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Shio
Game Reviews

Shio

Fiendishly difficult, yet satisfying 2D platforming make this Super Meat Boy clone worth the frustration.

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Shio is a 2D action-platformer that isn’t terribly original, yet still manages to lure you into a false sense of calm and hyper-focused activity during its manic gameplay. You play as a man suffering from amnesia, tasked with traveling through surreal Asian-inspired dreamscapes to recover his lost memories and discover who he is. This odd character doesn’t understand where he is and unlocking new memories is the only way to do so.

The only thing Shio can do is jump, which can be extended by hitting lanterns as he bounces from one platform to the next. This simplicity makes it easy to catch on and with only a few buttons to press, how could I not succeed? Just like in life though nothing truly comes easily and I found myself dying over and over trying to progress. If this sounds at all like Super Meat Boy, you’d be correct!

Each level has its own challenges and obstacles to overcome and they change up the further you go so you’re never left with a dull moment. The first chapter has you jumping over saw blades and traversing floors that heat up within seconds of touching them. You have to jump to reset the floors, but mind the swinging saws as they’re coming at your face. Another level has you being pushed up by the wind and the higher you jump the longer you’ll fall before being pushed back up. You have to use this to get through tight spaces brimming with spikes and hope you don’t smack one on your way back up.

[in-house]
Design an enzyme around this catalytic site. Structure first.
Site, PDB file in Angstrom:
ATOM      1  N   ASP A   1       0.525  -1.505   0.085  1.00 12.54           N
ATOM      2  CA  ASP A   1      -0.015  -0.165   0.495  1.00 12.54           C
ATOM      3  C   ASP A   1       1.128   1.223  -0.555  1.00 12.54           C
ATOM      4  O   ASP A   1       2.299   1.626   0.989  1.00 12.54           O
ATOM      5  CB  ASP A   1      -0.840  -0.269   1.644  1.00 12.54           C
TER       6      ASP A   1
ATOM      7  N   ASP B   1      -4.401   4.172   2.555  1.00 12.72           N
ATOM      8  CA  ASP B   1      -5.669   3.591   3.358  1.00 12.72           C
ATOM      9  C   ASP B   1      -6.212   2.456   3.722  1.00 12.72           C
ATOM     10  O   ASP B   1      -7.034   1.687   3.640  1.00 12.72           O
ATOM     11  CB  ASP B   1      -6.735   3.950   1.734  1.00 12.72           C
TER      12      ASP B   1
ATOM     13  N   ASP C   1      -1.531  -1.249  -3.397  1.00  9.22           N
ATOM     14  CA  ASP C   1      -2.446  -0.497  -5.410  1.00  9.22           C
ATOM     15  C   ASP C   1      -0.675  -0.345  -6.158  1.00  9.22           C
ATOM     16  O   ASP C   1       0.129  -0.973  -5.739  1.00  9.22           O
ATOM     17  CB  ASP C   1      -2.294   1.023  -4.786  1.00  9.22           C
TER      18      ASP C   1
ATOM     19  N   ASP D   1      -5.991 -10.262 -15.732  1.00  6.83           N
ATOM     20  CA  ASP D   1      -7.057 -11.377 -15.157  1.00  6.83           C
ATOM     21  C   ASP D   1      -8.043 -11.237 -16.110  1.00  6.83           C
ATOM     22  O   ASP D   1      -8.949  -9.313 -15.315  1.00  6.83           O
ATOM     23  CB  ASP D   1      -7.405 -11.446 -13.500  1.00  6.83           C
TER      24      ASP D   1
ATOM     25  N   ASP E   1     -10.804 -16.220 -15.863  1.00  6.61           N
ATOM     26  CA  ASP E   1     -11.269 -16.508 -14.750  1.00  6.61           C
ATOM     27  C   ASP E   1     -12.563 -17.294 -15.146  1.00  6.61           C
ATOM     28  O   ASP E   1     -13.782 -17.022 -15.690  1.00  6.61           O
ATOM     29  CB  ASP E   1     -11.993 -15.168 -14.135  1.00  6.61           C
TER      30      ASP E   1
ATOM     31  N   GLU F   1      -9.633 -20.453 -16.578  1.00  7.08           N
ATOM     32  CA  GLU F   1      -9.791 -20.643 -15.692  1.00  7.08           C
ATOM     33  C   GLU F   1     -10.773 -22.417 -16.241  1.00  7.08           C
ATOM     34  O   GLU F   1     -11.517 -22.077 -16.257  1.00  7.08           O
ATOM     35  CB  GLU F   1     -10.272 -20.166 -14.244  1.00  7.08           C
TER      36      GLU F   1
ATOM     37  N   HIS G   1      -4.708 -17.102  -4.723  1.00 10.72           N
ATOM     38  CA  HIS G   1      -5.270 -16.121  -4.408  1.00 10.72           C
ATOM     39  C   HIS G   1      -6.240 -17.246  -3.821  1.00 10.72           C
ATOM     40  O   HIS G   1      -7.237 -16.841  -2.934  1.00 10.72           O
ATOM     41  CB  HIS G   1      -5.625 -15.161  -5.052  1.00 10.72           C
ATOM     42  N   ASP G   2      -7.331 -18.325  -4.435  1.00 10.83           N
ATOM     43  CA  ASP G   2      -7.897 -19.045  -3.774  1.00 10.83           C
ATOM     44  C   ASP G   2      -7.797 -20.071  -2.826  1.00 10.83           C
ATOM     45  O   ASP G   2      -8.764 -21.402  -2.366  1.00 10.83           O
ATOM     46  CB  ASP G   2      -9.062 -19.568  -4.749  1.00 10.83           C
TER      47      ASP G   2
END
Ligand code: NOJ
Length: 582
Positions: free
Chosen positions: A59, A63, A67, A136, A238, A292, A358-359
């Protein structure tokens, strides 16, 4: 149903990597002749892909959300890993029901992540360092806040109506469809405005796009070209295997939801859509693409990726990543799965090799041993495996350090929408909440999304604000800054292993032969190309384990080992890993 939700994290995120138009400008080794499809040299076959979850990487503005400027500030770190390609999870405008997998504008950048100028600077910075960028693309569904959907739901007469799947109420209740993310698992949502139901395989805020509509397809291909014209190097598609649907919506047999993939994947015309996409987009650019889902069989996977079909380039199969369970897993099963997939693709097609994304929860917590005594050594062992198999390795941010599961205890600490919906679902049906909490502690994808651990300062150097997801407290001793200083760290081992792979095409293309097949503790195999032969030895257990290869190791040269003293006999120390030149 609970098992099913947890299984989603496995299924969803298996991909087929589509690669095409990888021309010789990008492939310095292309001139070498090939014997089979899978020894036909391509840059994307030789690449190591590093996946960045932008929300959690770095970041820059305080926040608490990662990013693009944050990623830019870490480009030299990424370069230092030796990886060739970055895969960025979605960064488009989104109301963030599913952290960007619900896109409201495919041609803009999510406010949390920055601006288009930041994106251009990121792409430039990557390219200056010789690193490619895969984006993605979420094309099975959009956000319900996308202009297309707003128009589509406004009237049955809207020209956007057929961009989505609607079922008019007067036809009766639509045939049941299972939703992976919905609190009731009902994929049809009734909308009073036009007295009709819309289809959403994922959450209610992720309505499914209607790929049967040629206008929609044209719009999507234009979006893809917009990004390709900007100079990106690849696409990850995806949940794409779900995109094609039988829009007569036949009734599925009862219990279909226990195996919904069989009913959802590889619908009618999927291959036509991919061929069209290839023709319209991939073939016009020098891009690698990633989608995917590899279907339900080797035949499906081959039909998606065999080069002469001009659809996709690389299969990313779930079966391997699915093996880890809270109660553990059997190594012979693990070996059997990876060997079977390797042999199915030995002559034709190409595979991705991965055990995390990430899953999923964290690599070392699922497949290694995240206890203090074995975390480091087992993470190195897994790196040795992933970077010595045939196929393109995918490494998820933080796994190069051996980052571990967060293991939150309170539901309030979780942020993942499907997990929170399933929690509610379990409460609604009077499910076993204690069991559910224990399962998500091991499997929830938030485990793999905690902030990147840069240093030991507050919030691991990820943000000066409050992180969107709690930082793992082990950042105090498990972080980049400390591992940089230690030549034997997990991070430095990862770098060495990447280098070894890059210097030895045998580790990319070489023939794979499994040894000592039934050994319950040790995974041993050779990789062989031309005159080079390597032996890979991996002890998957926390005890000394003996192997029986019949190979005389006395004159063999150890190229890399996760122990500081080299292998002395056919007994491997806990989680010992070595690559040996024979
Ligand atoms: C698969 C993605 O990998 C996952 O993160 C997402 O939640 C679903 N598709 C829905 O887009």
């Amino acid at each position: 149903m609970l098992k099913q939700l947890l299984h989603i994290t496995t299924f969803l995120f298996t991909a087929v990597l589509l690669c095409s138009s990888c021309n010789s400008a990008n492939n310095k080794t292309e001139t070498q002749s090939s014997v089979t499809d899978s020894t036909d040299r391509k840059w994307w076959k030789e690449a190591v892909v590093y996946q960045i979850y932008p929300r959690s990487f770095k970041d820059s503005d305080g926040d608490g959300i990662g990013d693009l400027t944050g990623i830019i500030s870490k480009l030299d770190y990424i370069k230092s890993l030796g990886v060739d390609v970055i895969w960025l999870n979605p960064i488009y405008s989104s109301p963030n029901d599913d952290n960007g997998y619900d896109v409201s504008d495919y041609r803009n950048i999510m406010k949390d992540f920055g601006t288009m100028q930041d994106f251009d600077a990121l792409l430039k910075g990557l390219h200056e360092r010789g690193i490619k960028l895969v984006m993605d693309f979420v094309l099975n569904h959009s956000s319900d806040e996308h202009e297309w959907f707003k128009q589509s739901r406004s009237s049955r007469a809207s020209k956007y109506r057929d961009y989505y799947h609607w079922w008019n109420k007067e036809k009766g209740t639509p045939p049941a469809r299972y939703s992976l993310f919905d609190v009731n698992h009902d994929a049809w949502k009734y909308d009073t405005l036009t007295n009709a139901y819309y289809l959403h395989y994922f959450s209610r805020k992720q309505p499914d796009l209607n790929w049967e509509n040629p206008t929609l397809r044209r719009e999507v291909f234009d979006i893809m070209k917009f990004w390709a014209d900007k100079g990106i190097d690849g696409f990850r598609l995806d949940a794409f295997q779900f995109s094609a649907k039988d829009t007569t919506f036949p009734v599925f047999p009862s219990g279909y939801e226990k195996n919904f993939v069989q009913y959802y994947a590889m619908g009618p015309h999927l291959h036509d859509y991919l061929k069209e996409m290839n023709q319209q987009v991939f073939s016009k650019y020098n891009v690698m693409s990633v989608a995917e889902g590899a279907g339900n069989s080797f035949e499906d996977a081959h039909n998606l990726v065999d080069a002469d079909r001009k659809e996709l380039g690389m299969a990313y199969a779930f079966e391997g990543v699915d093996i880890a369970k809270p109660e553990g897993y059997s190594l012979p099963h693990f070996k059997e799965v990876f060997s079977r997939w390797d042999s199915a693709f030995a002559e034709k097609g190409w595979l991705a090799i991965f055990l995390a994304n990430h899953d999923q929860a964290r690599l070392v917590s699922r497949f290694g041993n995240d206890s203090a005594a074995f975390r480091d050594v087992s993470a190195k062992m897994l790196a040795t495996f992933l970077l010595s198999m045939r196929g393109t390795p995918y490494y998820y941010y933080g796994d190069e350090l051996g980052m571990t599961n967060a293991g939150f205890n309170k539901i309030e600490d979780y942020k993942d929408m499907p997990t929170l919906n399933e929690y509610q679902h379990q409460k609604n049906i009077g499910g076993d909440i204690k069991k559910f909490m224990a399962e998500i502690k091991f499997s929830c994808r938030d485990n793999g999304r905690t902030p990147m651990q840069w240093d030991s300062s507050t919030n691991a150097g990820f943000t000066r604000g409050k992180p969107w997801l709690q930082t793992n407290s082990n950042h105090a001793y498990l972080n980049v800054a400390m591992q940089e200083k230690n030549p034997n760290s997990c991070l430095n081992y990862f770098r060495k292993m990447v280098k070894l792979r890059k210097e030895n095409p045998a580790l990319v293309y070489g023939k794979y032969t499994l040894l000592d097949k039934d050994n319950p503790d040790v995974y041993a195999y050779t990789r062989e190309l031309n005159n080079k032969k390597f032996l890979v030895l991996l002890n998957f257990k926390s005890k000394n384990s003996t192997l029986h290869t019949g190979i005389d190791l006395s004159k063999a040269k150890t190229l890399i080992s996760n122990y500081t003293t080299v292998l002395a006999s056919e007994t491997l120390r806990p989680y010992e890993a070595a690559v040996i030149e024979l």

You can expect to die over and over, but it never feels like you’ve been short-changed by your death. Checkpoints abound and the moment you die you reset back to your previous point and can immediately try to master that complicated jump, jump, jump, swing right, jump, swing left maneuver for the umpteenth time. If you wanna go back to a previous checkpoint you can don a mask that allows you to go to an earlier stage in the level where you can re-do that section to beat your time. There’s no extra lives to keep count of or coins to collect – you just respawn and go.

Every movement is precise and well-timed, and it’s easy to get caught up respawning and trying to get through one of the more difficult sections. At the end of the first level there was a nightmare sequence where you have to rapidly jump from lantern to lantern while avoid being incinerated by a beam coming down from above. You’re also keeping track of fireballs being shot through your path that have to be avoided. It’s a one shot path from the bottom up, so you better be prepared to master your reflexes in order to get through it alive. Or die and have to try it again. I spent nearly half-hour trying to get through it the first time, but when I did I cheered.

Shio is immensely satisfying, a difficult platformer with just the right amount of challenge that never makes it feel like finishing a level is impossible. If anything, at the end you’ll feel as if you’ve failed by either not timing a jump right or dodging a fireball when it blasts across the screen. The mystery behind this man’s identity and his existence as he treads throughout these dream worlds makes for a strong motivator. From the music to the visuals, it’s a treat for the eyes that challenges you to try just one more time to get to the next checkpoint. Good luck!

About the Author: Nia Bothwell